Frasier Never Left Boston, According to Dark Fan Theory
Putting aside the sitcom mischief he gets up to in each episode of his eponymous series, Frasier Crane has a sweet life. His job as a Seattle radio personality lets him afford a luxurious lifestyle. He even develops fulfilling relationships with his father and brother after years of living apart from them in Boston. But some fans of the Cheers spinoff suspect that Frasier's setup is too good to be true. Numerous fan theories have attempted to explain the title character's good fortune, but an idea proposed by a sociologist may be the darkest one yet.
As Looper reports, sociology professor John Preston put forth his interpretation of Frasier on Twitter. According to Preston, the premise of the show seems unrealistic because it doesn't depict the character's actual life. Instead of landing a prestigious job in Seattle and moving into a luxury high-rise with his father, Frasier never leaves Boston. That means that every episode of the show takes place in the character's head.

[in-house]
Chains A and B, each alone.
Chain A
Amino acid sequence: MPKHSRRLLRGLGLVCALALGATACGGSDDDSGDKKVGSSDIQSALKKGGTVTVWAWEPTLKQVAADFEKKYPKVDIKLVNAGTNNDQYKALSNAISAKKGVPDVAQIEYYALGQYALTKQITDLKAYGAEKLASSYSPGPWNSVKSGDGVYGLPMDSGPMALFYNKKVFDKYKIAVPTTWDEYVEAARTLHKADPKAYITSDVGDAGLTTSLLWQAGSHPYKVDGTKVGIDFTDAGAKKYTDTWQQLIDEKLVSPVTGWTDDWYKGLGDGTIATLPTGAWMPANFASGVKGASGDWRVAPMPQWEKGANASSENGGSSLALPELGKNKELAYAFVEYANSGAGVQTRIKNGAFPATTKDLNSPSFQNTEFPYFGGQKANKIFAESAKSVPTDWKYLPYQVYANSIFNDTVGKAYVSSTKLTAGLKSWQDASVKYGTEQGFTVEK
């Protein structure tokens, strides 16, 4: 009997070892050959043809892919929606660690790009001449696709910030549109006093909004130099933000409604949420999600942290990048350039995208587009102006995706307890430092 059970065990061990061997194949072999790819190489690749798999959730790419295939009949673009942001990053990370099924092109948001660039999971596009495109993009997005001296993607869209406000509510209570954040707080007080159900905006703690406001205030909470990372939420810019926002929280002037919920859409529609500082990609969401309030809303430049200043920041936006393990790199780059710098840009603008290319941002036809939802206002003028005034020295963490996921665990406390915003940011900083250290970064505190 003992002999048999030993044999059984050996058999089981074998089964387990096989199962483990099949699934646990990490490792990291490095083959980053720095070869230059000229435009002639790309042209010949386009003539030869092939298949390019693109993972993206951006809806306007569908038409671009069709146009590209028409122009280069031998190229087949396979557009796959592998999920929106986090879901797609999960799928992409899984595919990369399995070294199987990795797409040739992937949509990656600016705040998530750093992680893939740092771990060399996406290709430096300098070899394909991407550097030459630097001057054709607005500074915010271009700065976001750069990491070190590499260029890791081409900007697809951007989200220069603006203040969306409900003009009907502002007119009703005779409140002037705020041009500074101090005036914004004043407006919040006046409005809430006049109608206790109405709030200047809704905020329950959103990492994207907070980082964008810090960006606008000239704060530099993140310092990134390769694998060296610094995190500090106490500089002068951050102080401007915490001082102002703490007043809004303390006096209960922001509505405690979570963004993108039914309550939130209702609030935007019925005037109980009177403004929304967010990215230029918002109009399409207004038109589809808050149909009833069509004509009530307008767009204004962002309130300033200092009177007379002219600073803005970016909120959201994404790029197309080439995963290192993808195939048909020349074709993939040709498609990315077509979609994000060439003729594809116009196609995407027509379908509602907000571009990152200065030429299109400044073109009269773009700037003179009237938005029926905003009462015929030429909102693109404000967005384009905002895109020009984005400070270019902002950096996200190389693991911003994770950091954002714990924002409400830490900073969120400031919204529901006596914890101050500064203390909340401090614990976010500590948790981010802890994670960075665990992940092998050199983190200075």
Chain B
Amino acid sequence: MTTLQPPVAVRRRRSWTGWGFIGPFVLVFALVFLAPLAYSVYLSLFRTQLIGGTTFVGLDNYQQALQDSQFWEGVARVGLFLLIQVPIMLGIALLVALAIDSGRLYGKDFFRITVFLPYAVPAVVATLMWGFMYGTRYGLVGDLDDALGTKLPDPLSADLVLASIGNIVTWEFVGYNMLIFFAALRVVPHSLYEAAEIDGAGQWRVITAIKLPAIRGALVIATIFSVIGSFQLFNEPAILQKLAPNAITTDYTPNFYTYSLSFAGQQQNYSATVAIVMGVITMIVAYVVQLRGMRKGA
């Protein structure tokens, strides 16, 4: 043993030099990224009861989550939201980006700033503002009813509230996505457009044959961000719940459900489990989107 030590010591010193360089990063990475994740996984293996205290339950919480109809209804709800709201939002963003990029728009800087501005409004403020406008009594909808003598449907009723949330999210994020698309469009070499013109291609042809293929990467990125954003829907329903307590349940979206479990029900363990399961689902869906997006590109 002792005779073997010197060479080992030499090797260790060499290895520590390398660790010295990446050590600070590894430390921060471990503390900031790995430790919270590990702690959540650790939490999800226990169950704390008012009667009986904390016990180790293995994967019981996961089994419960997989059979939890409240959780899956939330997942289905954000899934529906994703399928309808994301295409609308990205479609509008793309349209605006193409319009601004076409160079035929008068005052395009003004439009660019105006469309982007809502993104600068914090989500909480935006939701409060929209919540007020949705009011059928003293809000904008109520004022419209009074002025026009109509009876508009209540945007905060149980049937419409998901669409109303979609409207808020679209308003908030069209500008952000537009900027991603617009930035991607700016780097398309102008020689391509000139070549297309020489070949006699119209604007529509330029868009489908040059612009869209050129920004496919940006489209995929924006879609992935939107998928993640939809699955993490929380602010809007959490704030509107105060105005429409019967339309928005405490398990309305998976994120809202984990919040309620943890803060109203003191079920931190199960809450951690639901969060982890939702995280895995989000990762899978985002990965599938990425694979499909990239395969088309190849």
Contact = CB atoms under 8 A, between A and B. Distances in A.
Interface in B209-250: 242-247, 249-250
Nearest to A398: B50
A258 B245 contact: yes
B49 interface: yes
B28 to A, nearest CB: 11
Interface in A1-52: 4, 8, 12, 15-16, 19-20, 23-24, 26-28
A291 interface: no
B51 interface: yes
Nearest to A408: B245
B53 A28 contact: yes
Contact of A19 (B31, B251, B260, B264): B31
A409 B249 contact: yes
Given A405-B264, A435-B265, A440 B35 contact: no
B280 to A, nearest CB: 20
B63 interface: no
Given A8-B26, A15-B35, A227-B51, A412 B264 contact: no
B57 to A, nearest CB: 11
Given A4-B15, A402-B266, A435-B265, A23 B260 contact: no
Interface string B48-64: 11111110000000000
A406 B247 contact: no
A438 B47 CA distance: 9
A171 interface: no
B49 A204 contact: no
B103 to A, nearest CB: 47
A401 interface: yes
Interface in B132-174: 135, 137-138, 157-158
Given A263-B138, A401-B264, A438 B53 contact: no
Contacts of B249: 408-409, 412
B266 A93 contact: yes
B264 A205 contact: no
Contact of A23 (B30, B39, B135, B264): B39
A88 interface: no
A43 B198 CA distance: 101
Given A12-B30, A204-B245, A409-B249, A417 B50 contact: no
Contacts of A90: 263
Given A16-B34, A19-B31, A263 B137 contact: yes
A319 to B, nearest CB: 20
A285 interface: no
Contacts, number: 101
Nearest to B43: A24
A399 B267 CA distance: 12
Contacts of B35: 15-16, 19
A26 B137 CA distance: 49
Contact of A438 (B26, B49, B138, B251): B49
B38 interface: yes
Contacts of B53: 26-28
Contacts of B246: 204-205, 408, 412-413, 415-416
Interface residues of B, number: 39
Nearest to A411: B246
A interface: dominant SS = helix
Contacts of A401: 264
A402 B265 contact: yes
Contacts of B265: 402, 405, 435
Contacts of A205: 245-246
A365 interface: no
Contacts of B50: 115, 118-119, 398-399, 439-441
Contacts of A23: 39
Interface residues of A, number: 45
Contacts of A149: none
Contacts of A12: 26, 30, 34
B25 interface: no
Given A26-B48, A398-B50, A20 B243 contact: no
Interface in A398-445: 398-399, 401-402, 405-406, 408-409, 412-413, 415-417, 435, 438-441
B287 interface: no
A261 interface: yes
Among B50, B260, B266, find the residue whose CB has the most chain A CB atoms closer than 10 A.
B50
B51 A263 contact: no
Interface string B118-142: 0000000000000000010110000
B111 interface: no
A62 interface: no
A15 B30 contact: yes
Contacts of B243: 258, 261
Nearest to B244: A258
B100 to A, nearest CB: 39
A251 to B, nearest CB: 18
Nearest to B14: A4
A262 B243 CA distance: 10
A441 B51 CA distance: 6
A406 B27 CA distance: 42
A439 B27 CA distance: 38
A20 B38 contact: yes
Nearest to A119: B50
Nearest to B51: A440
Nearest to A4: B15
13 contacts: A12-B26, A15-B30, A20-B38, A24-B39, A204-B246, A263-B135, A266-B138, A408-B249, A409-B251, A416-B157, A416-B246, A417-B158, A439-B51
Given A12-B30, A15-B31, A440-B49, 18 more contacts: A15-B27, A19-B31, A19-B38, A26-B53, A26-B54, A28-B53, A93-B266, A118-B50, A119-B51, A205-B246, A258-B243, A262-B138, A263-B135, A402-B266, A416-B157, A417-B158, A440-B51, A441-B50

"The show exists entirely in Frasier's unconscious and represents his guilt on abandoning his father in Seattle whilst he lives on the street as an alcoholic in Boston," Preston wrote. "His fragmented psyche is the 'tossed salad and scrambled eggs' of the theme tune."
As these delusions play out in Frasier's mind, he's really passed out in the alley behind the Cheers bar in this alternate timeline. This theory could explain Frasier's exorbitant wealth and the relative lack of conflict that occurs on the show. Of course, his job hosting a popular radio show may just pay really well, and the low-stakes nature of his life could be a product of living in a sitcom. As for the show's odd theme song, lyricist Darryl Phinnesse claims that “tossed salad and scrambled eggs” is a metaphor for Frasier's patients—not the character's own mental state.
If you haven't seen Frasier in a while, rewatching it through this lens would be an interesting experience. Here are some facts about the show to brush up on.